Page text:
Quadratic forms are homogeneous quadratic polynomials in ''n'' variables. In the cases of one, two, and three variables they are called unary,
binary Binary may refer to: Science and technology Mathematics * Binary number, a representation of numbers using only two digits (0 and 1) * Binary function, a function that takes two arguments * Binary operation, a mathematical operation that ta ...
, and ternary and have the following explicit form: :$\begin q\left(x\right) &= ax^2&&\textrm \\ q\left(x,y\right) &= ax^2 + bxy + cy^2&&\textrm \\ q\left(x,y,z\right) &= ax^2 + bxy + cy^2 + dyz + ez^2 + fxz&&\textrm \end$ where ''a'', …, ''f'' are the coefficients. The notation $\langle a_1, \ldots, a_n\rangle$ is often used for the quadratic form : $q\left(x\right) = a_1 x_1^2 + a_2 x_2^2 + \cdots + a_n x_n^2.$ The theory of quadratic forms and methods used in their study depend in a large measure on the nature of the coefficients, which may be real or
complex number In mathematics, a complex number is an element of a number system that extends the real numbers with a specific element denoted , called the imaginary unit and satisfying the equation i^= -1; every complex number can be expressed in the form ...
s,
rational number In mathematics, a rational number is a number that can be expressed as the quotient or fraction of two integers, a numerator and a non-zero denominator . For example, is a rational number, as is every integer (e.g. ). The set of all rati ...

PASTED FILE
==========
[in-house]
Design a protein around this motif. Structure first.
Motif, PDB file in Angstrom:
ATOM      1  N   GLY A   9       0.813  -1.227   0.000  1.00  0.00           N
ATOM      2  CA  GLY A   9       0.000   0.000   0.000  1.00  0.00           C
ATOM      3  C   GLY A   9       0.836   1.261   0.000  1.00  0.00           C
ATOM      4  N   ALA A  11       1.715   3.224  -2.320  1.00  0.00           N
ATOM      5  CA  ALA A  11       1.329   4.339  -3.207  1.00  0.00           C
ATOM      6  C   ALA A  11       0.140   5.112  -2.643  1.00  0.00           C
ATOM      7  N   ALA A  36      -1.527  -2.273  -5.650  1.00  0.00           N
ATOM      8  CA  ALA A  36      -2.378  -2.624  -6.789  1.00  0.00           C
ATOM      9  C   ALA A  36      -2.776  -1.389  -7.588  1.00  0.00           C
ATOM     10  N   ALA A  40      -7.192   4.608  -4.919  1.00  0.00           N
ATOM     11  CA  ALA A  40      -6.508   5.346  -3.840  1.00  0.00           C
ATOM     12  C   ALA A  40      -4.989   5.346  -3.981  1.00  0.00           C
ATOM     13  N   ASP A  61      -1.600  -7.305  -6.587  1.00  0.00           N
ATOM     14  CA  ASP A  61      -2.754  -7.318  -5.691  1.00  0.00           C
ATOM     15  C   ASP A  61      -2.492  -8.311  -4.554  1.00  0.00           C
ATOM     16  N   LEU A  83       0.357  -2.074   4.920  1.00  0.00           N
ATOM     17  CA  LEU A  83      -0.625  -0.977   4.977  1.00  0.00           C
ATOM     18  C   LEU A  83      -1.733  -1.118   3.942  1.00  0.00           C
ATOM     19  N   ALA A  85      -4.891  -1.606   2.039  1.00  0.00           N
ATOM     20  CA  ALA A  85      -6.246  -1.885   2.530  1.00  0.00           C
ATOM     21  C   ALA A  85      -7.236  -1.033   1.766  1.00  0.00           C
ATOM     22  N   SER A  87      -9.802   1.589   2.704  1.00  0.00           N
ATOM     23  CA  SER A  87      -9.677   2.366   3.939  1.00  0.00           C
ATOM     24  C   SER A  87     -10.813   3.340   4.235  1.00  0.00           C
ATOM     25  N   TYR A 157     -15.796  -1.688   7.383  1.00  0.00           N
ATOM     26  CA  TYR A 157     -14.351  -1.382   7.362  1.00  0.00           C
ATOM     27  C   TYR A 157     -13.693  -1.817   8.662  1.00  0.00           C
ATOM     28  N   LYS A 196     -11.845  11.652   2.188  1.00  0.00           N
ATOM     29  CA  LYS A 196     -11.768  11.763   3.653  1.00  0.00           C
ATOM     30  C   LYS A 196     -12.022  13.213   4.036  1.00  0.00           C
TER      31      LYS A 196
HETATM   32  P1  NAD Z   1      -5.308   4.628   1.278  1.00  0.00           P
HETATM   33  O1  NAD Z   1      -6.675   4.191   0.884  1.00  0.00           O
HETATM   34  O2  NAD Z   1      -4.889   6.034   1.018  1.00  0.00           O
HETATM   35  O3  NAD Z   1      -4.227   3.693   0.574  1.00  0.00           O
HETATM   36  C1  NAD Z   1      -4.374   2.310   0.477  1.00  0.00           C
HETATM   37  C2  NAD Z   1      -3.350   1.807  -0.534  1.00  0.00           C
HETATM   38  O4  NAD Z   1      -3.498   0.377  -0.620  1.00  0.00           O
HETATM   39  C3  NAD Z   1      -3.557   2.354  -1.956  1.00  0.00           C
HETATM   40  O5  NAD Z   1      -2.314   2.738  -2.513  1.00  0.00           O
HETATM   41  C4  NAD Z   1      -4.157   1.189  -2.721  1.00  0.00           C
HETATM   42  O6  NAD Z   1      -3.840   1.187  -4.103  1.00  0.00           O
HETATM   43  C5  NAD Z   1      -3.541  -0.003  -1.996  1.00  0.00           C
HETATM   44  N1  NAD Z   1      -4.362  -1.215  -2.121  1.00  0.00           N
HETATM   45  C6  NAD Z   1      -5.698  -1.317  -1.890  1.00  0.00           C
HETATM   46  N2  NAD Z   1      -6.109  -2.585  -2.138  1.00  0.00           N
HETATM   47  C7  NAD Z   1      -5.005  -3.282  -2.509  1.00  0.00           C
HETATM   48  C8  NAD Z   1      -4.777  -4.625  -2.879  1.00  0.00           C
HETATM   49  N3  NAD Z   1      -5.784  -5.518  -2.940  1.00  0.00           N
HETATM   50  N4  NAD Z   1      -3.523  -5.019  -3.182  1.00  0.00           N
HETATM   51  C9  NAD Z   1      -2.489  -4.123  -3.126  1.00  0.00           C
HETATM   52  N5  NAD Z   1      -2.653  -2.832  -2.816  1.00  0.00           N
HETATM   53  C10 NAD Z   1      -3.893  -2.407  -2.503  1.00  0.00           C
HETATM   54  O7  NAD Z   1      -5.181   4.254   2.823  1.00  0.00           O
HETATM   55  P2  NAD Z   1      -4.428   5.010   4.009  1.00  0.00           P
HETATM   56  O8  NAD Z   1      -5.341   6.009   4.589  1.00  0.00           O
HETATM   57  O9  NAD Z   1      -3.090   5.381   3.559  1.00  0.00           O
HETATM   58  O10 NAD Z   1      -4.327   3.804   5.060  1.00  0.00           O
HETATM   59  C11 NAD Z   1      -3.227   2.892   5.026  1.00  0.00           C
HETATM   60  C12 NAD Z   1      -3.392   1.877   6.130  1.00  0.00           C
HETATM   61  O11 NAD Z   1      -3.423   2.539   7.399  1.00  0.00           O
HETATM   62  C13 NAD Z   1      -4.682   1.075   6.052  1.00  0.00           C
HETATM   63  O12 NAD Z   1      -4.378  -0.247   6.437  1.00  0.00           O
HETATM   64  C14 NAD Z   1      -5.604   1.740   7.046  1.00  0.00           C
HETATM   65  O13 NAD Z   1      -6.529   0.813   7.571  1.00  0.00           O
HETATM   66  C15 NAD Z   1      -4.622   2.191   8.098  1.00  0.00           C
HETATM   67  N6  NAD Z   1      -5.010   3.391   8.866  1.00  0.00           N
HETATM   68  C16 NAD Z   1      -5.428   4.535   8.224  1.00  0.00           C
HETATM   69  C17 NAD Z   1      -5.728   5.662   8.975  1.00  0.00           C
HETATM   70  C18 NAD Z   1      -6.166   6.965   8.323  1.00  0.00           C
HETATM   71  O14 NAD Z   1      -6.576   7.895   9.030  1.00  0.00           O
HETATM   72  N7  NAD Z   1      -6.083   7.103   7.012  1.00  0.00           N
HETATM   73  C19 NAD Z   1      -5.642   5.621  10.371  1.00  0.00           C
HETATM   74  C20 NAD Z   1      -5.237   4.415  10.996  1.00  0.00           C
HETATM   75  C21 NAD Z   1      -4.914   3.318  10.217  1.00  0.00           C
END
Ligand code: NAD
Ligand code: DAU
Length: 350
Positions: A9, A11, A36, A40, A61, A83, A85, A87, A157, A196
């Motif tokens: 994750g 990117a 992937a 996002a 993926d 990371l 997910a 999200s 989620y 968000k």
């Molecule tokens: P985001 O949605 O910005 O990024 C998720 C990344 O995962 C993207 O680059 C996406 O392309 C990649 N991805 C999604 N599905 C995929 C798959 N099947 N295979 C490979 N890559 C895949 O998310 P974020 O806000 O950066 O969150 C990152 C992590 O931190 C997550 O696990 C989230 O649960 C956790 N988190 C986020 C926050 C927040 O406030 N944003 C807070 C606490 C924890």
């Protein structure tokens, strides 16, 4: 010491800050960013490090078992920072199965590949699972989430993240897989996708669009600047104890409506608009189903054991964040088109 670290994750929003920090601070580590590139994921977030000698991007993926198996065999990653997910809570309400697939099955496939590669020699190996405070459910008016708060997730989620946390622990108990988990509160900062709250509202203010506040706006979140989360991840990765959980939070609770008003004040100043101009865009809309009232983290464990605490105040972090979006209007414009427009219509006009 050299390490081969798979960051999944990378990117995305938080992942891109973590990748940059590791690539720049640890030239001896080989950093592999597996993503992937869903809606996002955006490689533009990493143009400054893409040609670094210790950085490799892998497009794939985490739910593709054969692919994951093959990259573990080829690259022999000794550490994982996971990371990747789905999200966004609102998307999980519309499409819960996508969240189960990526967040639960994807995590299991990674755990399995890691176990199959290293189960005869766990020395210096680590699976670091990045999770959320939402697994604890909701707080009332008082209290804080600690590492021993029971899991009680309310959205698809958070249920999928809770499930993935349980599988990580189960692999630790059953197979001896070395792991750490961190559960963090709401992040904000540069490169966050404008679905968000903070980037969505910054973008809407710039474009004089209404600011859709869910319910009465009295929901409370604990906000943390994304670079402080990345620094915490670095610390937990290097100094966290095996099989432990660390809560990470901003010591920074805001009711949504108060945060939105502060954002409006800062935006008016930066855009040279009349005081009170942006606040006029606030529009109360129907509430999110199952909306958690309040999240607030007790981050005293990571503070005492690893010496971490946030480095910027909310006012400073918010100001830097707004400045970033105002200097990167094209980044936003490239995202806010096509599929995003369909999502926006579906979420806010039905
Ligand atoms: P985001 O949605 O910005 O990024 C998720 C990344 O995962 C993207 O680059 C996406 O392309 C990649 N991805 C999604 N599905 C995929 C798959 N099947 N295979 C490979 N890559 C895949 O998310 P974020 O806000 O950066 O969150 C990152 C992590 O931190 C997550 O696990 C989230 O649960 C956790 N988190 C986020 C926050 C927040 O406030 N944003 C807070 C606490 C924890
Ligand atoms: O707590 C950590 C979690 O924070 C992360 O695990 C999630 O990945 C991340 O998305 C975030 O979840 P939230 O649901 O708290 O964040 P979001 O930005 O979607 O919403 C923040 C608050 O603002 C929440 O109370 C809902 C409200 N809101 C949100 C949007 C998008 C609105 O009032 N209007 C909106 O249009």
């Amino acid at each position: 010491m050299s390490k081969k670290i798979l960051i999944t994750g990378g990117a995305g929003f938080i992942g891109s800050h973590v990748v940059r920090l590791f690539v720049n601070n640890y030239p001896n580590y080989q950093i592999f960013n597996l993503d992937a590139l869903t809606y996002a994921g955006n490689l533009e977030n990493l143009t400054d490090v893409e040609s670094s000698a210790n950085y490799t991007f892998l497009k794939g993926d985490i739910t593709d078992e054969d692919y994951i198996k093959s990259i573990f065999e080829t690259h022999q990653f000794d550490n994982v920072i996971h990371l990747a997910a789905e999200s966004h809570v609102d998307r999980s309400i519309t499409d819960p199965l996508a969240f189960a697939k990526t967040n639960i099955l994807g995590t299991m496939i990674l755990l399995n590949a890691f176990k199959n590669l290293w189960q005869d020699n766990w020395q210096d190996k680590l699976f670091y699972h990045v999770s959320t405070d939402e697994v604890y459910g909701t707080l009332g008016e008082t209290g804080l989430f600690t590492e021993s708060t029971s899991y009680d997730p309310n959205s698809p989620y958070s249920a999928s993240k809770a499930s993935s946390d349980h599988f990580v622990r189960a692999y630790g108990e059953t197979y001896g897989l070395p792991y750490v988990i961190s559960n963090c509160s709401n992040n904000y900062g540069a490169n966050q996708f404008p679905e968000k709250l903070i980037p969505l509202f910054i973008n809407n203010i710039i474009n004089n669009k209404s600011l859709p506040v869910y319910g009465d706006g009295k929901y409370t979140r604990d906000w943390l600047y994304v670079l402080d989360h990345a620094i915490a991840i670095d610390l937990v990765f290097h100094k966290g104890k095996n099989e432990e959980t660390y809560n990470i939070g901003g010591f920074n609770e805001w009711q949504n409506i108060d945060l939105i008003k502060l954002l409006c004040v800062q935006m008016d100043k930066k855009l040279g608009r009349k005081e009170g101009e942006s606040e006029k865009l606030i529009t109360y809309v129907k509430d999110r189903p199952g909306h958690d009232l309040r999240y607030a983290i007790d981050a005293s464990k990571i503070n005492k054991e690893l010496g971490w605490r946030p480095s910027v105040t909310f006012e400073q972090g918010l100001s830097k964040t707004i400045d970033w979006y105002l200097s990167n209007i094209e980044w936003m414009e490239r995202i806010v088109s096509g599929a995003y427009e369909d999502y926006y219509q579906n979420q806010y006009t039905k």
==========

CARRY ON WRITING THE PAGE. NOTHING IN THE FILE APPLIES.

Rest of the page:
s, or
integer An integer is the number zero (), a positive natural number (, , , etc.) or a negative integer with a minus sign (−1, −2, −3, etc.). The negative numbers are the additive inverses of the corresponding positive numbers. In the language o ...
s. In linear algebra,
analytic geometry In classical mathematics, analytic geometry, also known as coordinate geometry or Cartesian geometry, is the study of geometry using a coordinate system. This contrasts with synthetic geometry. Analytic geometry is used in physics and engine ...
, and in the majority of applications of quadratic forms, the coefficients are real or complex numbers. In the algebraic theory of quadratic forms, the coefficients are elements of a certain field. In the arithmetic theory of quadratic forms, the coefficients belong to a fixed
commutative ring In mathematics, a commutative ring is a ring in which the multiplication operation is commutative. The study of commutative rings is called commutative algebra. Complementarily, noncommutative algebra is the study of ring properties that are not ...
, frequently the integers Z or the ''p''-adic integers Z''p''. Binary quadratic forms have been extensively studied in
number theory Number theory (or arithmetic or higher arithmetic in older usage) is a branch of pure mathematics devoted primarily to the study of the integers and integer-valued functions. German mathematician Carl Friedrich Gauss (1777–1855) said, "Mathe ...
, in particular, in the theory of quadratic fields,
continued fraction In mathematics, a continued fraction is an expression obtained through an iterative process of representing a number as the sum of its integer part and the reciprocal of another number, then writing this other number as the sum of its integer ...
s, and modular forms. The theory of integral quadratic forms in ''n'' variables has important applications to
algebraic topology Algebraic topology is a branch of mathematics that uses tools from abstract algebra to study topological spaces. The basic goal is to find algebraic invariants that classify topological spaces up to homeomorphism, though usually most classify u ...
. Using homogeneous coordinates, a non-zero quadratic form in ''n'' variables defines an (''n''−2)-dimensional quadric in the (''n''−1)-dimensional